Background: Tamoxifen, taken for five years, is the standard adjuvant treatment for postmenopausal women with primary, estrogen-receptor-positive breast cancer. Despite this treatment, however, some patients have a relapse.
Methods: We conducted a double-blind, randomized trial to test whether, after two to three years of tamoxifen therapy, switching to exemestane was more effective than continuing tamoxifen therapy for the remainder of the five years of treatment. The primary end point was disease-free survival.
Results: Of the 4742 patients enrolled, 2362 were randomly assigned to switch to exemestane, and 2380 to continue to receive tamoxifen. After a median follow-up of 30.6 months, 449 first events (local or metastatic recurrence, contralateral breast cancer, or death) were reported--183 in the exemestane group and 266 in the tamoxifen group. The unadjusted hazard ratio in the exemestane group as compared with the tamoxifen group was 0.68 (95 percent confidence interval, 0.56 to 0.82; P<0.001 by the log-rank test), representing a 32 percent reduction in risk and corresponding to an absolute benefit in terms of disease-free survival of 4.7 percent (95 percent confidence interval, 2.6 to 6.8) at three years after randomization. Overall survival was not significantly different in the two groups, with 93 deaths occurring in the exemestane group and 106 in the tamoxifen group. Severe toxic effects of exemestane were rare. Contralateral breast cancer occurred in 20 patients in the tamoxifen group and 9 in the exemestane group (P=0.04).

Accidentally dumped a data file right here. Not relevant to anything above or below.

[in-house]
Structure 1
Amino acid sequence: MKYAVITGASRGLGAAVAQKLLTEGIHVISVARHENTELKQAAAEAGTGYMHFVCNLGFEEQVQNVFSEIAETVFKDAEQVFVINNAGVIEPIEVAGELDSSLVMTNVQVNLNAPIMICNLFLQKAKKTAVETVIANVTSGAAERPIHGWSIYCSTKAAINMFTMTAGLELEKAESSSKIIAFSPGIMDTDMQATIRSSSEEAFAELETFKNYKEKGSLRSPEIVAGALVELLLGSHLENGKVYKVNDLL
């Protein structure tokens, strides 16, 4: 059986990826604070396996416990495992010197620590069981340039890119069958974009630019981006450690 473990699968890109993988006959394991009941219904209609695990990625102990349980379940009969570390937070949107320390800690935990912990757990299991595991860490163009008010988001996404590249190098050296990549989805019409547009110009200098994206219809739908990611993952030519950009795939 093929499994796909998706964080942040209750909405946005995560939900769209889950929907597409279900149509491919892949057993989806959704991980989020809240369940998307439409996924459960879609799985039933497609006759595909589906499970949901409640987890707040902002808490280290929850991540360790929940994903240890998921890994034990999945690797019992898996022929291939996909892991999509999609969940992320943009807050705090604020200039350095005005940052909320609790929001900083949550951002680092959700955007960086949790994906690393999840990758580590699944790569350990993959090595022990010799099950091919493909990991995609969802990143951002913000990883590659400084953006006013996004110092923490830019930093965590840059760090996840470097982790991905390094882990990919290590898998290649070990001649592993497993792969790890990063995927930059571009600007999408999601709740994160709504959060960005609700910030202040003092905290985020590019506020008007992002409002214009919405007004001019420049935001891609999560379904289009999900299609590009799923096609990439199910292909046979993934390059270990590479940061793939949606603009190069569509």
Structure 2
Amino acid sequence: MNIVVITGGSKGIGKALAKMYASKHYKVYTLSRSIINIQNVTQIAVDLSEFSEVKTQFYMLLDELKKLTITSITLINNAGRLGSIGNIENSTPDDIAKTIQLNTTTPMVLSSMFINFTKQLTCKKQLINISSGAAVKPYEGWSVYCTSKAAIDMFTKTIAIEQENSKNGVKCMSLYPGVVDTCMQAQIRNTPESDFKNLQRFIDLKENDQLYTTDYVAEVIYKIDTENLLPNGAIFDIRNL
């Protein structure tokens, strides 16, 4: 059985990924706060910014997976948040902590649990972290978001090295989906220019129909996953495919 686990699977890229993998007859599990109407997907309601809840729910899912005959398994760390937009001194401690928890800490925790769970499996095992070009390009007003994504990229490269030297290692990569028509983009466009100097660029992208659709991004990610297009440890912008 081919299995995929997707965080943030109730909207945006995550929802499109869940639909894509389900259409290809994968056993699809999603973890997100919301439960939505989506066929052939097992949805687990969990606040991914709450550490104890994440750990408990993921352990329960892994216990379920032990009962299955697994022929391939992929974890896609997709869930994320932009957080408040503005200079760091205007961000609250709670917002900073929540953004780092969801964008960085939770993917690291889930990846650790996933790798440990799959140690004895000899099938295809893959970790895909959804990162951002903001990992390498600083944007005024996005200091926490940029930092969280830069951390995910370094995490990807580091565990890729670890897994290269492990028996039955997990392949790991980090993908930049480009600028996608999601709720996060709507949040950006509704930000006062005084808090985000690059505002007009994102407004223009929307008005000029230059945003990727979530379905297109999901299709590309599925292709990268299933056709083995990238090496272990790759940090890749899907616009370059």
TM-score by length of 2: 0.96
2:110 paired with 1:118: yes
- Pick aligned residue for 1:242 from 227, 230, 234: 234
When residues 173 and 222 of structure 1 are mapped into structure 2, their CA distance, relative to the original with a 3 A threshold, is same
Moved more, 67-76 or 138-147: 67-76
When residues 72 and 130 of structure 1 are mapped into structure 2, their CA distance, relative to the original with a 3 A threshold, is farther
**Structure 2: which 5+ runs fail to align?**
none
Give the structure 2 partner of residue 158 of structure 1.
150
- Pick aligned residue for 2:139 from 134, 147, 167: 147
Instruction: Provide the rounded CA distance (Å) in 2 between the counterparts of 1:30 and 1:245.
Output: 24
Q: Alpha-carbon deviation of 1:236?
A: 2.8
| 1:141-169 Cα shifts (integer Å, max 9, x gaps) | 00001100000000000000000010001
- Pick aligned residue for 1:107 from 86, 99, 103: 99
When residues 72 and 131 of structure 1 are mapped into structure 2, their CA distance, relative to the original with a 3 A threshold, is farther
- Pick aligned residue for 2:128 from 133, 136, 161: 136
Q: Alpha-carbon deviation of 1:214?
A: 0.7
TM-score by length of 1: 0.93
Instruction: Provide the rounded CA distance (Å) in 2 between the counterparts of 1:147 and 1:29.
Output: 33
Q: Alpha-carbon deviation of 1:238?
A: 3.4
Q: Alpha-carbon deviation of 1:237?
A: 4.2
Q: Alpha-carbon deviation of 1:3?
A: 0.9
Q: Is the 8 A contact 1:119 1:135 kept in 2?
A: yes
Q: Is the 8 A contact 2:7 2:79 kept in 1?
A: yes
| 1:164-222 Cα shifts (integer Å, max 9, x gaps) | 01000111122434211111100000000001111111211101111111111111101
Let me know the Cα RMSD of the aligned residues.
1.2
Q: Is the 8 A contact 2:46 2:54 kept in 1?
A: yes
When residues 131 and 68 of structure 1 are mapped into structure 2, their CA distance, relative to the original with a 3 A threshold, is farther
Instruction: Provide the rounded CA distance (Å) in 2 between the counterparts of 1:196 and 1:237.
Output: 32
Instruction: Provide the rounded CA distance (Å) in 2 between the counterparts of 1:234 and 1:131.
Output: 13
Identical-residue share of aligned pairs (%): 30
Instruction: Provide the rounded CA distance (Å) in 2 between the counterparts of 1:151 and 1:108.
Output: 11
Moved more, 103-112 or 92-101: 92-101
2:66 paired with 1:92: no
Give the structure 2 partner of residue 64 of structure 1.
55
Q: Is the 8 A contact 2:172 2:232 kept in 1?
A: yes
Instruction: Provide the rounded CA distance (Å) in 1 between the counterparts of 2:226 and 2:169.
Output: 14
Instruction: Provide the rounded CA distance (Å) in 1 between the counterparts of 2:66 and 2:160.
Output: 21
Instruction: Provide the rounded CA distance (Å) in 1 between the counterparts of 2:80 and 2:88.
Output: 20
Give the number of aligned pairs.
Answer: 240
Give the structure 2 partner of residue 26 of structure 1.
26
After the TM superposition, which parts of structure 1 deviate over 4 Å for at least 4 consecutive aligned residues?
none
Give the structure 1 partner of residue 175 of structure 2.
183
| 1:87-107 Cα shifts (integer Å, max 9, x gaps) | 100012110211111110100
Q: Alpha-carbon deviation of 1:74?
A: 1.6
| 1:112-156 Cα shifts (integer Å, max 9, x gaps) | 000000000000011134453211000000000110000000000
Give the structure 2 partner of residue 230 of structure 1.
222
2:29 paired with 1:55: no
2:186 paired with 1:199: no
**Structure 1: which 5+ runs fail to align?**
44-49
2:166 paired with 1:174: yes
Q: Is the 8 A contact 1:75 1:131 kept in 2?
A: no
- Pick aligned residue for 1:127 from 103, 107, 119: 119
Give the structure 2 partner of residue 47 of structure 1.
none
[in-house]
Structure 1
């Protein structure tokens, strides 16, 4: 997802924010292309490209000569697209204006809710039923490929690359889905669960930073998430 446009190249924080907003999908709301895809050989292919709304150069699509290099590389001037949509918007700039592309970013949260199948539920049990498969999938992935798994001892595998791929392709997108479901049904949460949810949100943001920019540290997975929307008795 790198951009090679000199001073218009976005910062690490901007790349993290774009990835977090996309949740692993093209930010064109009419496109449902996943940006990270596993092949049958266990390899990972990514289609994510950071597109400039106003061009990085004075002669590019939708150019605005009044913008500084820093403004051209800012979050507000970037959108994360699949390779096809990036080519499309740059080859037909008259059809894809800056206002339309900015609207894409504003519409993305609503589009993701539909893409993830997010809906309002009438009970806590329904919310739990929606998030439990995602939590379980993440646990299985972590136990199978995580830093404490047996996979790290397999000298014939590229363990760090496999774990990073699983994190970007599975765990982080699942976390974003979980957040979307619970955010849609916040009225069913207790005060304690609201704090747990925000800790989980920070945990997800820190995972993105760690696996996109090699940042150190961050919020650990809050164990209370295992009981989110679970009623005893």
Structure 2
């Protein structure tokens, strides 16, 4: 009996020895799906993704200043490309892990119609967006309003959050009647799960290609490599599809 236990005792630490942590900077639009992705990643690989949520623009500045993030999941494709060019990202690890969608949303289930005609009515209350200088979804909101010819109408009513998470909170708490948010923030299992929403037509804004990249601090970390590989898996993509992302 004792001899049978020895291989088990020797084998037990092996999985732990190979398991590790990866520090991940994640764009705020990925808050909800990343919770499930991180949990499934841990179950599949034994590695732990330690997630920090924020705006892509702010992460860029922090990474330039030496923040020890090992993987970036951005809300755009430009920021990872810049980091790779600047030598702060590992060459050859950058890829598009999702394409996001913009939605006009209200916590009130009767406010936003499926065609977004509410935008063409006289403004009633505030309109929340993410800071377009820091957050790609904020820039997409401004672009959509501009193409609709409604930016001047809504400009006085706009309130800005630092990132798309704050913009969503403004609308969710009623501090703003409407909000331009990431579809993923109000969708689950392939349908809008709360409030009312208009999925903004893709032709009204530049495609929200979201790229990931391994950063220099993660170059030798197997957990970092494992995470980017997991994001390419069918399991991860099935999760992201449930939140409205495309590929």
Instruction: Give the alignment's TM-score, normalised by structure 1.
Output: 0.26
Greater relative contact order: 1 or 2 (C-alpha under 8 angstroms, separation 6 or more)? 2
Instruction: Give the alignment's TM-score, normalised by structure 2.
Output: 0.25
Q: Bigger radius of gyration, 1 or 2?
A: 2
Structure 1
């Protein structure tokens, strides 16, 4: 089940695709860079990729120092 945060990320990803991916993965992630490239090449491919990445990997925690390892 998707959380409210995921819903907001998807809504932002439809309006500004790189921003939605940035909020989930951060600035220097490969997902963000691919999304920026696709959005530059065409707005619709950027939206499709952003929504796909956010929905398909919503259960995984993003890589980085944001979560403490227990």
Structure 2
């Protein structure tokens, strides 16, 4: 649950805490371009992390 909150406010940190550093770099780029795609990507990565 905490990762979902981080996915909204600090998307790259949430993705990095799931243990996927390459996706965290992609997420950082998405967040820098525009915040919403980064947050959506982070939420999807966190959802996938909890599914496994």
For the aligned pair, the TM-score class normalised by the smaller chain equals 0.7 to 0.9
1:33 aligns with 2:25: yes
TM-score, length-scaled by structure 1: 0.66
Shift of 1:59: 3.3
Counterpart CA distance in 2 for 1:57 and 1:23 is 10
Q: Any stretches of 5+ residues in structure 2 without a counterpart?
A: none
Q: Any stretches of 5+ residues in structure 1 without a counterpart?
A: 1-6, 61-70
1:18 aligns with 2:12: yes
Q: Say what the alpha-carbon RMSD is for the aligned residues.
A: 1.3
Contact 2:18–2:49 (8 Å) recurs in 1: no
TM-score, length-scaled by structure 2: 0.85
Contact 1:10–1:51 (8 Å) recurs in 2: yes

Conclusions: Exemestane therapy after two to three years of tamoxifen therapy significantly improved disease-free survival as compared with the standard five years of tamoxifen treatment.
Copyright 2004 Massachusetts Medical Society